drafts2

drafts2 is about how I am composing, designing my writing and my readings. This blog is about and is my process. Evan Williams, one of Twitter’s co-founders has begun ‘Medium’ a blogging platform, where ‘collaboration’ is among writers ‘by letting them share posts privately before publication, in pursuit of suggestions or edits.’ I want to share drafts of my work publically and welcome all comments. Same idea basically; but different in process.

And so I begin with a hard piece to share. ‘Joey . 11. 11. 13’ was published on the Stewardship blog on http://www.stewardship.org.uk/smartweb/blog/blog/post/221 Rememberance day in the UK. Emotional to write, Daniel Jones at Stewardship helped me edit the version you see here below and at the Stewardship link. Beneath it is the original piece he edited. Different title, ‘prayerful remembrances.’Daniel did a sensitive job, a thought filled collobration, a close reading of writing.
Please comment on both pieces and how they read as a unit and as individual works. Don’t worry about what you say or think. It is only a draft, and therefore only the greatest import, that of words as action.

Joey. 11.11.13

My son passed away on a military base in 1996. He was 22.

It was a car accident, early in the morning at 5am, just as he was called up for formation.

We got the call early. He probably was rushing; driving too fast. He always drove too fast. It was Mother’s Day weekend; a beautiful spring day.

In the United States, when a member of the military passes away, two serving officers are dispatched to tell the soldier’s family the news in person – that same day. We had already had the phone call. But I said that already, didn’t I?

They come to your home to tell you; to stand with you in your shock, and then your grief.

They arrive in full uniform, official looking, straight and to the point, viewers into your eyes. Sorry for your loss is their opening words. The rest blurs.

They stand stiff, straight like wooden boards in their well pressed uniforms. They come because they want you to know: we remember you at this time.

Seventeen years have passed and I still get teary about that visit.

These two officers did not know Joey (though we would meet his soldier friends later). They were sent as symbols, remembrances being mindful of us, our now broken family, remembering us.

And what is etched most in my memory about their visit?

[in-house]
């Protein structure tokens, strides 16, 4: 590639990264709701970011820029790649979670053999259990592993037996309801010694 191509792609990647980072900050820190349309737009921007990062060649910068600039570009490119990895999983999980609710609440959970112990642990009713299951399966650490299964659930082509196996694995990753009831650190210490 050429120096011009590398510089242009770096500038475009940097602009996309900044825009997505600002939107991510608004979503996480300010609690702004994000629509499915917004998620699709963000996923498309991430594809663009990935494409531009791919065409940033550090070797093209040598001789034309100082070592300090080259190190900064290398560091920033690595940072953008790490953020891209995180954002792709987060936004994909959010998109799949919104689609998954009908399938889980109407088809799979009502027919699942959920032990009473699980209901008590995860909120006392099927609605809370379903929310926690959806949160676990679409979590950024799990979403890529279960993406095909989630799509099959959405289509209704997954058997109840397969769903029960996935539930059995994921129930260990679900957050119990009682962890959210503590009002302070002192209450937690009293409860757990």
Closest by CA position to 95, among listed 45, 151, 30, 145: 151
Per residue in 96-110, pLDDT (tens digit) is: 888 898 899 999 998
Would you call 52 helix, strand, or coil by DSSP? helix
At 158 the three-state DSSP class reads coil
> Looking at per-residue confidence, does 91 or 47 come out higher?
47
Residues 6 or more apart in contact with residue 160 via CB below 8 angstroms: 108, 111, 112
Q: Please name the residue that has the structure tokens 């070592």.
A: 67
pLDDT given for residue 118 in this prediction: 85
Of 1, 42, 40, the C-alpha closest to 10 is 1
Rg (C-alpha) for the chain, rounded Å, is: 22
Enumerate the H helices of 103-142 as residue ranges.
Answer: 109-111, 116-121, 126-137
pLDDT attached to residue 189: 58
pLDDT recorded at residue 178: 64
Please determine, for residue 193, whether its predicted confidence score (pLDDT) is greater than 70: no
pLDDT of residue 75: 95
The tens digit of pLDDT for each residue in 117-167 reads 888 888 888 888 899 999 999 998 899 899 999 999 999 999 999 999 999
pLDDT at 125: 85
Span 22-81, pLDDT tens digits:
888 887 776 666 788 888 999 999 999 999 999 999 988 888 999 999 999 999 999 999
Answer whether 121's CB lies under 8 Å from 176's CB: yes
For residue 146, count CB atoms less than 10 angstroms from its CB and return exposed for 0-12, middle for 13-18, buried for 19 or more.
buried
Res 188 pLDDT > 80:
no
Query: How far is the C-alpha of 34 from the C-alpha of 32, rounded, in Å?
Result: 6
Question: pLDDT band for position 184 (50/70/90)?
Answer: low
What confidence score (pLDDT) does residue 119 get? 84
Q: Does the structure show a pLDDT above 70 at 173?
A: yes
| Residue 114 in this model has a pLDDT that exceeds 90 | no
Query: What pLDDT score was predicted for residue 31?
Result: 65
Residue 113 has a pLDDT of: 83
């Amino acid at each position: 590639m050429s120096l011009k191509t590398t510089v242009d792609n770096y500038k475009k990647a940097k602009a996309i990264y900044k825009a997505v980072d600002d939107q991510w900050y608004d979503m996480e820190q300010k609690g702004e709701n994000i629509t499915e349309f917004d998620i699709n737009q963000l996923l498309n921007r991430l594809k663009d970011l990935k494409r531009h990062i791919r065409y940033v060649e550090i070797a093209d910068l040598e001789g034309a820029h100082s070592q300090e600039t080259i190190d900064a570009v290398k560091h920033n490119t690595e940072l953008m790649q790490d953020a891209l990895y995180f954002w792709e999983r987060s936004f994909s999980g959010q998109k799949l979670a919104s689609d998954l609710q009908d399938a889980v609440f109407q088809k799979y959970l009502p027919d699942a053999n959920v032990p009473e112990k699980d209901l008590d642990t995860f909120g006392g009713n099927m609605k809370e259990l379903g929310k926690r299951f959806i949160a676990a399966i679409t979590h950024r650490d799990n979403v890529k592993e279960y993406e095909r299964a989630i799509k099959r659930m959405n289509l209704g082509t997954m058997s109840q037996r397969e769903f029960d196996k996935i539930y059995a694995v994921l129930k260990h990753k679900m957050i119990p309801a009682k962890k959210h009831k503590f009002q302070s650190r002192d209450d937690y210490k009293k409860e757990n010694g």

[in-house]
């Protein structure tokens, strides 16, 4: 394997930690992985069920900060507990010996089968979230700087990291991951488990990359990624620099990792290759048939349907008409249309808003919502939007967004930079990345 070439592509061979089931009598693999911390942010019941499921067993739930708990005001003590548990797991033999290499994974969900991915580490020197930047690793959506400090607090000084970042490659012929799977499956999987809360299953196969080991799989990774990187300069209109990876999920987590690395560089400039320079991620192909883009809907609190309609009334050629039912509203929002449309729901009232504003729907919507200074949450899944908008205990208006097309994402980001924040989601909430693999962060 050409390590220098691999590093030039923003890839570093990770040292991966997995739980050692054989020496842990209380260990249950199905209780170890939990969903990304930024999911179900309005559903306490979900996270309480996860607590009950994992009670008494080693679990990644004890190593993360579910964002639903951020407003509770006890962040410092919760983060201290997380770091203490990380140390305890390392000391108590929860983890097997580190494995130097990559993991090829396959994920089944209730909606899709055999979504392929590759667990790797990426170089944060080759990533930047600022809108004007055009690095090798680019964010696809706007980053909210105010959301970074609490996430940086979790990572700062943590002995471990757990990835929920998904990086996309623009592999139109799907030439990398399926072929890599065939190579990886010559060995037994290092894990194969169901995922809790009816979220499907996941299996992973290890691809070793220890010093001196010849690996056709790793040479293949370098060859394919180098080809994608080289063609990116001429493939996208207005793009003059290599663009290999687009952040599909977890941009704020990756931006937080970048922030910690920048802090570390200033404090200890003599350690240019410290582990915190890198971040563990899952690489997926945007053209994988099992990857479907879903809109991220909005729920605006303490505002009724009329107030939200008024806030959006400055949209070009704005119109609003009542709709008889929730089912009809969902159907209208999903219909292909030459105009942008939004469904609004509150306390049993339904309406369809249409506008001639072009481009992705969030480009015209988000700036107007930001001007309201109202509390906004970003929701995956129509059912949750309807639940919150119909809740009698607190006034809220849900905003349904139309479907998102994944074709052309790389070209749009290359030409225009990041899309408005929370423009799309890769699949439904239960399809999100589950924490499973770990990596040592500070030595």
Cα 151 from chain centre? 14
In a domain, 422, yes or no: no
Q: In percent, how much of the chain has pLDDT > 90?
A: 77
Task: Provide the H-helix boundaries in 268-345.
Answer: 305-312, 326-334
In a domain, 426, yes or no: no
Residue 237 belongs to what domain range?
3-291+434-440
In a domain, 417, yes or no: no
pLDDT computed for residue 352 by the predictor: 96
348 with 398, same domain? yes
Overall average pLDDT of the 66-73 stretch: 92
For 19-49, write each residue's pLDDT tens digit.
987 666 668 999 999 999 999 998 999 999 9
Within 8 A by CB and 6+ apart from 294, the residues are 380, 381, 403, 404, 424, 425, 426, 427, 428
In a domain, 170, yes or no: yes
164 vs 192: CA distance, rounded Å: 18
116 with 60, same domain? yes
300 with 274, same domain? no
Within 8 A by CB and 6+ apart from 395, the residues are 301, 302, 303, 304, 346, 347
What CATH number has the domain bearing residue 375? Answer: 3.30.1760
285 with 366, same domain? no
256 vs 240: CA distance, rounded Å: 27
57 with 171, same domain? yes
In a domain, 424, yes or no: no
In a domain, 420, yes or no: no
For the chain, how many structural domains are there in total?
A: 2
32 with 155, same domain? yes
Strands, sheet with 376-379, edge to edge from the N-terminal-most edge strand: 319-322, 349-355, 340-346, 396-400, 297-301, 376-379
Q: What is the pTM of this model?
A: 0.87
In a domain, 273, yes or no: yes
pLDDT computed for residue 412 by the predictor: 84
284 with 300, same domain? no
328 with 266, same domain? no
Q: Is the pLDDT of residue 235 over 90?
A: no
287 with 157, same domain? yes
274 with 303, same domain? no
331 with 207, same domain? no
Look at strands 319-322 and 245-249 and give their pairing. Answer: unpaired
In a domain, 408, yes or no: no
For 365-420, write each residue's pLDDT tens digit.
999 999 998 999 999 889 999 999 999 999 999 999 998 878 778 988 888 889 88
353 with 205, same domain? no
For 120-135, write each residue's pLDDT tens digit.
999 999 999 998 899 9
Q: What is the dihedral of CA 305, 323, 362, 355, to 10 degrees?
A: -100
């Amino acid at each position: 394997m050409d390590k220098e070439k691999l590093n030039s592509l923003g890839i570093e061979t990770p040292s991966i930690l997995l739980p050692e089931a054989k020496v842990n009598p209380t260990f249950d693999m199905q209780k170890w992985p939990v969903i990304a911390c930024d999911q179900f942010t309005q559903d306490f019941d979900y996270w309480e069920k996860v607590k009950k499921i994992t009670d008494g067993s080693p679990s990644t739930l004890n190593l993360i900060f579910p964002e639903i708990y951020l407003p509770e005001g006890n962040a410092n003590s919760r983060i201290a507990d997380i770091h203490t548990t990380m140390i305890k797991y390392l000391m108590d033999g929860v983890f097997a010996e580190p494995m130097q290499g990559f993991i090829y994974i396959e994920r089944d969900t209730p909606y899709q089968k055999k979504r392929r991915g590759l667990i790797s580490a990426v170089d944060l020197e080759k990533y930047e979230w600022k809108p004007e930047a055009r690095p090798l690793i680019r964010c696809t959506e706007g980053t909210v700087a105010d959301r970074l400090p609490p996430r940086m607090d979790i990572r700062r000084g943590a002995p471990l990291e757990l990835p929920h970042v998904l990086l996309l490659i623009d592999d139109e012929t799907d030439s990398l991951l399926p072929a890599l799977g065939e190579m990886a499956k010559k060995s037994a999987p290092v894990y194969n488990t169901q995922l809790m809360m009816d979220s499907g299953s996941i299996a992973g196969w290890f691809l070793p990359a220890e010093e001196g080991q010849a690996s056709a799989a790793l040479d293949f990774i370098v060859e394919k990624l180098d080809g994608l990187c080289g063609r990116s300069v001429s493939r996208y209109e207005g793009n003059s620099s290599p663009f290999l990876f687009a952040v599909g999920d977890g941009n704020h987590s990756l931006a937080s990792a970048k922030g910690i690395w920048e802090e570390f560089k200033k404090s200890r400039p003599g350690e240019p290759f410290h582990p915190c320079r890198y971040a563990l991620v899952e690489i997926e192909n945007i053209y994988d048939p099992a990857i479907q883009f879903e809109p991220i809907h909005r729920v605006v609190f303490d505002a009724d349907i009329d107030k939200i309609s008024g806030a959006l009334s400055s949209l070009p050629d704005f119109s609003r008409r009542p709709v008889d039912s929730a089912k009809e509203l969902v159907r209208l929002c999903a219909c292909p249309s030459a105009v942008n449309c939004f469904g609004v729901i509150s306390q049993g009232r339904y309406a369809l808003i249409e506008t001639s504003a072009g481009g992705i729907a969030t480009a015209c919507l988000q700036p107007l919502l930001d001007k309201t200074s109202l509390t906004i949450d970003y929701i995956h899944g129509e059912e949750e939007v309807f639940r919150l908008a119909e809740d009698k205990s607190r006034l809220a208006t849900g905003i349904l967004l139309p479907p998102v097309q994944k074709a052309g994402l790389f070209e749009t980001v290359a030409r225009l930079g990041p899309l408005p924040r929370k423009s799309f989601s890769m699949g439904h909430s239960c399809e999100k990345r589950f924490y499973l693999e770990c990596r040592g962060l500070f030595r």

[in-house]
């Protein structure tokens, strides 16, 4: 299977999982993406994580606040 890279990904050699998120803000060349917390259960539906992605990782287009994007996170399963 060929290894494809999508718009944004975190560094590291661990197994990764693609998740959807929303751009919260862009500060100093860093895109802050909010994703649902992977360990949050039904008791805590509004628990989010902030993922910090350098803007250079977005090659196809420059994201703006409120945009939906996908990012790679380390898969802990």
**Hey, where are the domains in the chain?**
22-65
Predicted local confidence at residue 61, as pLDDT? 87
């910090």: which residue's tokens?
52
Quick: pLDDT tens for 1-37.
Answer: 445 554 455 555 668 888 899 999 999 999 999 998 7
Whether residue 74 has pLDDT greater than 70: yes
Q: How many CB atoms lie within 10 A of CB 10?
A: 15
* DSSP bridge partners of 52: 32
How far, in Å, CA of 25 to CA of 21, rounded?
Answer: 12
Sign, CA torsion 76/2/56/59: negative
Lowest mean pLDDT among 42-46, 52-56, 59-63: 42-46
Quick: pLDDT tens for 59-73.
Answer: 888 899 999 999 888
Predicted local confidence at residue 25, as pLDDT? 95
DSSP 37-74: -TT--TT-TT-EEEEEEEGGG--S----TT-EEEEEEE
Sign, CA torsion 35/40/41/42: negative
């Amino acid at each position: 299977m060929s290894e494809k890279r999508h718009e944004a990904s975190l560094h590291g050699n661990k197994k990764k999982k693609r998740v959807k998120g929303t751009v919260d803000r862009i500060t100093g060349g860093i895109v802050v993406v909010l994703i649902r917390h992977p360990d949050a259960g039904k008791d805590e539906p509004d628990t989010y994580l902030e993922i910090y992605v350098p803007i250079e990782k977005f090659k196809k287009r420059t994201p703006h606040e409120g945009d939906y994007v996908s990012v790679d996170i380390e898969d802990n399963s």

It was, and still is, their presence. They didn’t have to say anything.

They were there.

Fully present.

There.

I needed those two service people that day. Their youth reminded me of what was lost. Their commitment and purpose reminds me of why Joey was serving. Remembrances.

My tears, our sorrows, were not missed or forgotten.

Remember.

Today and in the days to come, stand with our soldiers, someone’s son and daughter. Stand with their families, those who still have and those who have lost.

Pray for them. Speak to God for them. He hears your prayers, and somehow our prayers work with His will. Don’t ask how; I don’t know. I do know He remembers. He doesn’t forget a one. He remembered us that day.

Remember with Him in prayer.

Romans 8:28 And we know that in all things God works together with those who love him to bring about what is good who have been called according to his purpose.

prayerful remembrances, 11 November 2013My son passed away on a military base in 1996. He was 22. It was a motorised accident that occurred at 5am when he was called up for formation. We got the call early. He probably was rushing; driving too fast. He always drove too fast. It was Mother’s Day weekend. A beautiful spring day.
In the States, when a member of the military passes away, they send two service officers in military uniforms to tell the family the news in person. They come the same day you get the news. We already had the phone call. But I said that already, didn’t I?

They come to your home to tell you, to stand with you. They stand stiff and straight as wooden broads in their well pressed uniforms. They come because they want you to know: we remember you at this time. Seventeen years passed and I still get teary about their visit. They did not know Joey. We would meet his fellow soldiers later. They were sent as symbols, remembrances being mindful of me, remembering me. My tears, our sorrows, were not missed or forgotten.

They are in full uniform; official; to the point; straight on; viewers into your eyes: Sorry for your lost is their opening words. The rest blurs.

What do I recall? It was and is their presences, their physical beings I remembered. They didn’t have to say anything; they were there. Fully present; there.

I needed those two service people that day. Their youth reminded me of what was lost. Their commitment and purpose reminds me of why Joey was serving. Remembrances.

Stand with our soldiers, someone’s son and daughter, today and the coming days. How should you speak to, for them? Pray for them. Speak to God for them. The first thing, everyday from now till Remembrance Sunday 9 November 2014. Then do it again till Remembrance Sunday 8 November 2015. God hears prayers, and somehow our prayers works with His will. Don’t ask how; I don’t know. I do know He remembers. He doesn’t forget a one. Remember with Him in prayer.

Romans 8:28 And we know that in all things God works together with those who love him to bring about what is good who have been called according to his purpose.

http://www.britishlegion.org.uk/get-involved/how-to-give/?gclid=CNOZ_5b01LoCFafMtAodS1AAkA

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